While going through the COVID-19 pandemic, many states that did not previously allow
remote notarizations have taken emergency executive action to enable notaries to perform notarial
acts remotely using audio visual technology. While these orders have provided a solution to
attorneys looking for safe ways to continue their practices, they have not been without drawbacks.
Many attorneys are hesitant to have the validity of their documents rest solely on these emergency
orders. Our firm created a procedure early on in the COVID-19 shutdown utilizing Maryland’s
emergency remote notarization and execution orders that allowed us to continue serving our
clients’ estate planning needs. Despite the flexibility of the Maryland executive orders, however,
some clients struggle with the technology that is required to run a secure video conference.
When Maryland began shutting down in mid-March, remote notarizations were not

permitted. Governor Hogan took prompt action by issuing Emergency Order No. 20-03-30-04 on
March 30, 2020 (“First Remote Notary Order”) which, with the accompanying guidance from the
Secretary of State, allowed a notary to notarize any document using audio-visual technology.
Practitioners could either mail hard copies of documents for clients to sign on the video call or use
technology that allowed for electronic signatures—either method was acceptable under the First
Remote Notary Order.

The landscaped changed on October 1, 2020 when the Notarial Acts and Notaries Public
Act (enacted on May 13, 2019) became effective (“Remote Notary Act”).
1 Governor Hogan issued
Emergency Order No. 20-09-29-01 on September 29, 2020 (“Second Remote Notary Order”)

1 The Remote Notary Act is Maryland’s version of the Revised Uniform Law on Notarial Acts
(RLONA) that has been enacted in eleven states and introduced in four more.

which (1) superseded the First Remote Notary Order (2) recognized the Remote Notary Act as the
new legal framework for remote notarizations, and (3) negated the provisions of the Remote
Notary Act that excluded wills and trusts from the remote notary process.

The shift from the First Remote Notary Order to the Remote Notary Act was not a nominal
shift. The procedures for a remote notary under the Remote Notary Act are substantively different
from the procedures under the First Remote Notary Order.

Under the Remote Notary Act, the most significant change is that it requires remote
notarizations to be “Remote Online Notarizations” or RONs. In other words, a notary may not
notarize the physical hard copy of a document remotely by watching the client sign in one location
and notarize an identical document at another location —the document must be notarized

The other procedural changes come largely through the binding guidance that the Secretary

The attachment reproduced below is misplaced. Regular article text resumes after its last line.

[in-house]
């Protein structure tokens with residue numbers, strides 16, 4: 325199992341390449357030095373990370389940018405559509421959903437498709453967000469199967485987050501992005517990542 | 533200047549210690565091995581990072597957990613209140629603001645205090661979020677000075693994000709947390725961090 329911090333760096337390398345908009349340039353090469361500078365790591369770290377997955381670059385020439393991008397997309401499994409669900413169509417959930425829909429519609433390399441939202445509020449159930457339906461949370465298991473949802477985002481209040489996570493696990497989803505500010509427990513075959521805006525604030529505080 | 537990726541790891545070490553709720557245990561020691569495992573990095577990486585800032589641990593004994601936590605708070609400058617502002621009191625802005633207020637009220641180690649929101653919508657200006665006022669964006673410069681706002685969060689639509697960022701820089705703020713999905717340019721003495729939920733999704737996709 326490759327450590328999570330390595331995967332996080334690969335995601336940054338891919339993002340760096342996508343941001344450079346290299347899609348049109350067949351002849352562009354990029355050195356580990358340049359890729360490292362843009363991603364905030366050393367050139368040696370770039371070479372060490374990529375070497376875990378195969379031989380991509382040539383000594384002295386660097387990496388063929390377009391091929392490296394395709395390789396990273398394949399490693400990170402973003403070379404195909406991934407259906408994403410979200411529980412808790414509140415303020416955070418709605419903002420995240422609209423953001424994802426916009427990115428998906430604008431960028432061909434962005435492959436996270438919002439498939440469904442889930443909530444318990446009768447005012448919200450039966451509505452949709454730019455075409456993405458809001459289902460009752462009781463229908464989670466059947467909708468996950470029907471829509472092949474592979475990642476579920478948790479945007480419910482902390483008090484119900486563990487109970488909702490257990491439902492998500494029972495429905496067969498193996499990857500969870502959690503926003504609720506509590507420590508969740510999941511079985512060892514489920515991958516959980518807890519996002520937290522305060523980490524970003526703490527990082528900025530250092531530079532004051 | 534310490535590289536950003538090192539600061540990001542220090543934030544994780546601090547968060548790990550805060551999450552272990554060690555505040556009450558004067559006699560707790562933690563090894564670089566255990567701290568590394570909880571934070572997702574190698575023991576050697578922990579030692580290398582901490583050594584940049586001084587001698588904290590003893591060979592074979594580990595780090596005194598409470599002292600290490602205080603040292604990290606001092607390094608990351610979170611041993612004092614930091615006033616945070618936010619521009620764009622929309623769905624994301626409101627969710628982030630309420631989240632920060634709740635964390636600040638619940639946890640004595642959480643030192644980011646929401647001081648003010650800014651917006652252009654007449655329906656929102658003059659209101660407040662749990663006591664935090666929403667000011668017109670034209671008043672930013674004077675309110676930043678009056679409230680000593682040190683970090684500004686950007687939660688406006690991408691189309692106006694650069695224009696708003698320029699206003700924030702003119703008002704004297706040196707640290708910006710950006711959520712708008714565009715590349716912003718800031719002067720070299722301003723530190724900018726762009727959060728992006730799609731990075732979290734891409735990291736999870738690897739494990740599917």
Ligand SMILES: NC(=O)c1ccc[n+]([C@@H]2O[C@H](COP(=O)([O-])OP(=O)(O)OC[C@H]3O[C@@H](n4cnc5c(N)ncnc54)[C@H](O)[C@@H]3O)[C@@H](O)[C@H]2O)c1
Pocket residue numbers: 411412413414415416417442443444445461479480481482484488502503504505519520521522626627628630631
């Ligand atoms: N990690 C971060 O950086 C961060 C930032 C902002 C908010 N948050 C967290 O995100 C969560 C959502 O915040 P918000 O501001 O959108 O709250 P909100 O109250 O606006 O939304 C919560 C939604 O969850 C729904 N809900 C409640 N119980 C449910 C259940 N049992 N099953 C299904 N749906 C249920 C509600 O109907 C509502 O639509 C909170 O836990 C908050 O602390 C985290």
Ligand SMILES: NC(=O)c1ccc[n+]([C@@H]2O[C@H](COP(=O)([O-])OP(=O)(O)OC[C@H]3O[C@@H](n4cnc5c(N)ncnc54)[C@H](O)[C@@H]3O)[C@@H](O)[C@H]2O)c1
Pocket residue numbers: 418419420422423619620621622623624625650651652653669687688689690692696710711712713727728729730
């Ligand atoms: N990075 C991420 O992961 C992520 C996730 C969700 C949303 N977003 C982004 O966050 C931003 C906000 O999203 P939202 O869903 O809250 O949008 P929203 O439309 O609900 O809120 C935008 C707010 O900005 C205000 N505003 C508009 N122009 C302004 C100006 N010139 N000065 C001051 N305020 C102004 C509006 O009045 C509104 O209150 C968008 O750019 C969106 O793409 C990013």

of State has issued. The Secretary of State requires that all remote notarizations be done using one
of eight vendors that are listed on its website. The Secretary of State guidance and the approved
vendors are primarily focused on notarizations done in the real estate context which, in turn, places
an emphasis on high volume without the formalities required with estate planning documents. In
fact, one of the eight approved vendors only accepts a notary who has been directly referred by a
title company.

Other concerns with the remaining vendors on the official list include the fact that one does
not yet accept Maryland notaries, another does not appear to accept in-firm notarizes (in other
words a client can log on and have documents notarized, but you cannot direct that your notaries
perform the notarization or oversee the process), and another is facing such “overwhelming
interest” in the platform that it is unable to respond to email or phone inquiries. Of the vendors that
are available to notaries in the estates and trusts practice area, the platform costs and “session” or
“transaction” costs quickly push past $1,000 per year depending on how many notarizations you
do each month.

For estate and trust firms, an immediate concern is to connect with one of the approved
vendors and create a procedure that will allow them to continue serving clients safely (i.e.
remotely) during the remainder of the pandemic. But we would be remiss to not consider the longterm ramifications of the new norms that have been created these past few months. Clients are
accustomed to phone and video conference meetings to discuss, revise, and even sign estate
planning documents. It is unrealistic to assume that these expectations will cease once the
pandemic-restrictions have been removed. Remote notarizations are here to stay in the estate and
trust world, and we should approach our investment in vendors and procedures accordingly.
Hopefully, legislative and regulatory changes will be enacted to make remote notarization more
compatible with the estates and trusts law practice.